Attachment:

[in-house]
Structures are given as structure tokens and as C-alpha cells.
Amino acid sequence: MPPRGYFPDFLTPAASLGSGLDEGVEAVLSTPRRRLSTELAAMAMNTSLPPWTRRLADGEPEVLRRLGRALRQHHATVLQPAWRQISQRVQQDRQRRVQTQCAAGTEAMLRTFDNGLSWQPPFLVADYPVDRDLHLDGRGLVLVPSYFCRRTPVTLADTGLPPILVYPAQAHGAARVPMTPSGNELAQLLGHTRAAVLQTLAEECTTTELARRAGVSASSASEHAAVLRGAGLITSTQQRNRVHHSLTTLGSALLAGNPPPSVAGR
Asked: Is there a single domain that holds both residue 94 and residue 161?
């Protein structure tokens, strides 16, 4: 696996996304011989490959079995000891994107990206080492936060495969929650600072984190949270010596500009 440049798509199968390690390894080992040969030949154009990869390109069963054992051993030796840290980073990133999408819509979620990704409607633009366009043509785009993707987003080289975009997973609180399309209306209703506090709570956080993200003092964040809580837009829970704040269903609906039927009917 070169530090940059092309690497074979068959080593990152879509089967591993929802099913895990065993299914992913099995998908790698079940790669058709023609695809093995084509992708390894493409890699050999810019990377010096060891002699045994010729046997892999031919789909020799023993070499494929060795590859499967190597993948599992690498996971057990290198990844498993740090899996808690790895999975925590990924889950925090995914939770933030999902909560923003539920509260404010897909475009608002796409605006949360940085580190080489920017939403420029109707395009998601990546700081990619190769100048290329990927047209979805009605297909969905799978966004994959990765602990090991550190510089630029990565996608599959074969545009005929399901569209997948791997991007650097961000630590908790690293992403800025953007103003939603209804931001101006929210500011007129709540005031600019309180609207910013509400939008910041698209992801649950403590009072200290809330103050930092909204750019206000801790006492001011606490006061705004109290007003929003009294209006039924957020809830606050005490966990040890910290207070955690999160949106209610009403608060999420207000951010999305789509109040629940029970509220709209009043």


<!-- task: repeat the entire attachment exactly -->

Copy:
[in-house]
Structures are given as structure tokens and as C-alpha cells.
Amino acid sequence: MPPRGYFPDFLTPAASLGSGLDEGVEAVLSTPRRRLSTELAAMAMNTSLPPWTRRLADGEPEVLRRLGRALRQHHATVLQPAWRQISQRVQQDRQRRVQTQCAAGTEAMLRTFDNGLSWQPPFLVADYPVDRDLHLDGRGLVLVPSYFCRRTPVTLADTGLPPILVYPAQAHGAARVPMTPSGNELAQLLGHTRAAVLQTLAEECTTTELARRAGVSASSASEHAAVLRGAGLITSTQQRNRVHHSLTTLGSALLAGNPPPSVAGR
Asked: Is there a single domain that holds both residue 94 and residue 161?
């Protein structure tokens, strides 16, 4: 696996996304011989490959079995000891994107990206080492936060495969929650600072984190949270010596500009 440049798509199968390690390894080992040969030949154009990869390109069963054992051993030796840290980073990133999408819509979620990704409607633009366009043509785009993707987003080289975009997973609180399309209306209703506090709570956080993200003092964040809580837009829970704040269903609906039927009917 070169530090940059092309690497074979068959080593990152879509089967591993929802099913895990065993299914992913099995998908790698079940790669058709023609695809093995084509992708390894493409890699050999810019990377010096060891002699045994010729046997892999031919789909020799023993070499494929060795590859499967190597993948599992690498996971057990290198990844498993740090899996808690790895999975925590990924889950925090995914939770933030999902909560923003539920509260404010897909475009608002796409605006949360940085580190080489920017939403420029109707395009998601990546700081990619190769100048290329990927047209979805009605297909969905799978966004994959990765602990090991550190510089630029990565996608599959074969545009005929399901569209997948791997991007650097961000630590908790690293992403800025953007103003939603209804931001101006929210500011007129709540005031600019309180609207910013509400939008910041698209992801649950403590009072200290809330103050930092909204750019206000801790006492001011606490006061705004109290007003929003009294209006039924957020809830606050005490966990040890910290207070955690999160949106209610009403608060999420207000951010999305789509109040629940029970509220709209009043």